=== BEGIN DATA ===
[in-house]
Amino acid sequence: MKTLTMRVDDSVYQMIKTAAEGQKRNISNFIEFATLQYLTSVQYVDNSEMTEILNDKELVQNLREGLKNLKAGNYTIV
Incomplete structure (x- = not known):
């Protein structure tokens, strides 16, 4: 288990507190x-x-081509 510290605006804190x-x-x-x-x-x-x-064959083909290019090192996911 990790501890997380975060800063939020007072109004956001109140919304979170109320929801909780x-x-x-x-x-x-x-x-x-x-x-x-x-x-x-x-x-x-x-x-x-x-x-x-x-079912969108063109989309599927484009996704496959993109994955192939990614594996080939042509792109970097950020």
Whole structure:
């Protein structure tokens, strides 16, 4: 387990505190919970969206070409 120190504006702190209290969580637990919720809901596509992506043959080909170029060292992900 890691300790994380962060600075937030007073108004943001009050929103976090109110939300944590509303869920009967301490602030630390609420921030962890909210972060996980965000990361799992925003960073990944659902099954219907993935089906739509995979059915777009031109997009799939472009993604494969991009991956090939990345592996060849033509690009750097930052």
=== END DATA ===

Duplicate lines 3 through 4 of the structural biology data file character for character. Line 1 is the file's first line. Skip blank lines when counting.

Incomplete structure (x- = not known):
């Protein structure tokens, strides 16, 4: 288990507190x-x-081509 510290605006804190x-x-x-x-x-x-x-064959083909290019090192996911 990790501890997380975060800063939020007072109004956001109140919304979170109320929801909780x-x-x-x-x-x-x-x-x-x-x-x-x-x-x-x-x-x-x-x-x-x-x-x-x-079912969108063109989309599927484009996704496959993109994955192939990614594996080939042509792109970097950020």